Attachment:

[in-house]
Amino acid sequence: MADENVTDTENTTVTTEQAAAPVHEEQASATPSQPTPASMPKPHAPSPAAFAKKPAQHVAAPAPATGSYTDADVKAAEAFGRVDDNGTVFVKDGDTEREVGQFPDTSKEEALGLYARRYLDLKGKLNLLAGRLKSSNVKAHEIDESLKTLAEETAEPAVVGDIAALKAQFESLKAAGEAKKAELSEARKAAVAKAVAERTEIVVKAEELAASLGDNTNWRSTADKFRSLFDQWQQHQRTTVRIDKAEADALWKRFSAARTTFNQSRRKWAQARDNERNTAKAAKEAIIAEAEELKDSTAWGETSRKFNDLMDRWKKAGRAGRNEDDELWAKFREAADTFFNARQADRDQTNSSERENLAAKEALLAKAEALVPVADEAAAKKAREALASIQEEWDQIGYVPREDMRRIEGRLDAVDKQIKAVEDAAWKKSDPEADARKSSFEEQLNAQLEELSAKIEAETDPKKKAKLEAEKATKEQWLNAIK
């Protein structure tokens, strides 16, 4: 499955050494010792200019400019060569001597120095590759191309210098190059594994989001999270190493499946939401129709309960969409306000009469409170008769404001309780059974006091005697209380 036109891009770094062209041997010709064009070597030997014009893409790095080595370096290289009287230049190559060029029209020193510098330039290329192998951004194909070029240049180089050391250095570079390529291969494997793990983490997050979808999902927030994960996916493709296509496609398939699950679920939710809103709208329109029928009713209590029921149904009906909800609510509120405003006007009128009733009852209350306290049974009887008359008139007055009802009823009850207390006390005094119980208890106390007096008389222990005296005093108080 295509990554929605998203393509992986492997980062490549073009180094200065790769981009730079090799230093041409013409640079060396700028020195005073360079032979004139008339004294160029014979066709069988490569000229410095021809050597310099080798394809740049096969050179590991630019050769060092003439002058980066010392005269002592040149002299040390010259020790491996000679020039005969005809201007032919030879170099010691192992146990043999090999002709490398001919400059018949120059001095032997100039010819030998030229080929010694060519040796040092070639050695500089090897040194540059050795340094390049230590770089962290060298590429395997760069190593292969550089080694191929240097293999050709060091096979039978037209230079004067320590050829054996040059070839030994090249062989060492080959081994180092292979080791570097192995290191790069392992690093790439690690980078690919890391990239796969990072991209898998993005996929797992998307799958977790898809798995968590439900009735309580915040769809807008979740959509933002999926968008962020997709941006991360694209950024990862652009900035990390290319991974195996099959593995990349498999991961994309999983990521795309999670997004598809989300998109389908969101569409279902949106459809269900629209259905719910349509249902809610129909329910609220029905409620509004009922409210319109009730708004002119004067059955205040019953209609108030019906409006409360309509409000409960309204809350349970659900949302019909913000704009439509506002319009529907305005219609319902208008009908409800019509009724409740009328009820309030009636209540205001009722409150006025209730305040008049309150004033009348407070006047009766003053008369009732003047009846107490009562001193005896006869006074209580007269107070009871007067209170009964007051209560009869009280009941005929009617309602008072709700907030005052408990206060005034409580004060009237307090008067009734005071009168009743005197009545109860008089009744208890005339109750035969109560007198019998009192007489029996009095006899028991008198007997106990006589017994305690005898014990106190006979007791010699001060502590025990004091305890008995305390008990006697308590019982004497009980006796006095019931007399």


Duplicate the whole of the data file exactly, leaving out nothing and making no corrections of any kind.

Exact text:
[in-house]
Amino acid sequence: MADENVTDTENTTVTTEQAAAPVHEEQASATPSQPTPASMPKPHAPSPAAFAKKPAQHVAAPAPATGSYTDADVKAAEAFGRVDDNGTVFVKDGDTEREVGQFPDTSKEEALGLYARRYLDLKGKLNLLAGRLKSSNVKAHEIDESLKTLAEETAEPAVVGDIAALKAQFESLKAAGEAKKAELSEARKAAVAKAVAERTEIVVKAEELAASLGDNTNWRSTADKFRSLFDQWQQHQRTTVRIDKAEADALWKRFSAARTTFNQSRRKWAQARDNERNTAKAAKEAIIAEAEELKDSTAWGETSRKFNDLMDRWKKAGRAGRNEDDELWAKFREAADTFFNARQADRDQTNSSERENLAAKEALLAKAEALVPVADEAAAKKAREALASIQEEWDQIGYVPREDMRRIEGRLDAVDKQIKAVEDAAWKKSDPEADARKSSFEEQLNAQLEELSAKIEAETDPKKKAKLEAEKATKEQWLNAIK
């Protein structure tokens, strides 16, 4: 499955050494010792200019400019060569001597120095590759191309210098190059594994989001999270190493499946939401129709309960969409306000009469409170008769404001309780059974006091005697209380 036109891009770094062209041997010709064009070597030997014009893409790095080595370096290289009287230049190559060029029209020193510098330039290329192998951004194909070029240049180089050391250095570079390529291969494997793990983490997050979808999902927030994960996916493709296509496609398939699950679920939710809103709208329109029928009713209590029921149904009906909800609510509120405003006007009128009733009852209350306290049974009887008359008139007055009802009823009850207390006390005094119980208890106390007096008389222990005296005093108080 295509990554929605998203393509992986492997980062490549073009180094200065790769981009730079090799230093041409013409640079060396700028020195005073360079032979004139008339004294160029014979066709069988490569000229410095021809050597310099080798394809740049096969050179590991630019050769060092003439002058980066010392005269002592040149002299040390010259020790491996000679020039005969005809201007032919030879170099010691192992146990043999090999002709490398001919400059018949120059001095032997100039010819030998030229080929010694060519040796040092070639050695500089090897040194540059050795340094390049230590770089962290060298590429395997760069190593292969550089080694191929240097293999050709060091096979039978037209230079004067320590050829054996040059070839030994090249062989060492080959081994180092292979080791570097192995290191790069392992690093790439690690980078690919890391990239796969990072991209898998993005996929797992998307799958977790898809798995968590439900009735309580915040769809807008979740959509933002999926968008962020997709941006991360694209950024990862652009900035990390290319991974195996099959593995990349498999991961994309999983990521795309999670997004598809989300998109389908969101569409279902949106459809269900629209259905719910349509249902809610129909329910609220029905409620509004009922409210319109009730708004002119004067059955205040019953209609108030019906409006409360309509409000409960309204809350349970659900949302019909913000704009439509506002319009529907305005219609319902208008009908409800019509009724409740009328009820309030009636209540205001009722409150006025209730305040008049309150004033009348407070006047009766003053008369009732003047009846107490009562001193005896006869006074209580007269107070009871007067209170009964007051209560009869009280009941005929009617309602008072709700907030005052408990206060005034409580004060009237307090008067009734005071009168009743005197009545109860008089009744208890005339109750035969109560007198019998009192007489029996009095006899028991008198007997106990006589017994305690005898014990106190006979007791010699001060502590025990004091305890008995305390008990006697308590019982004497009980006796006095019931007399």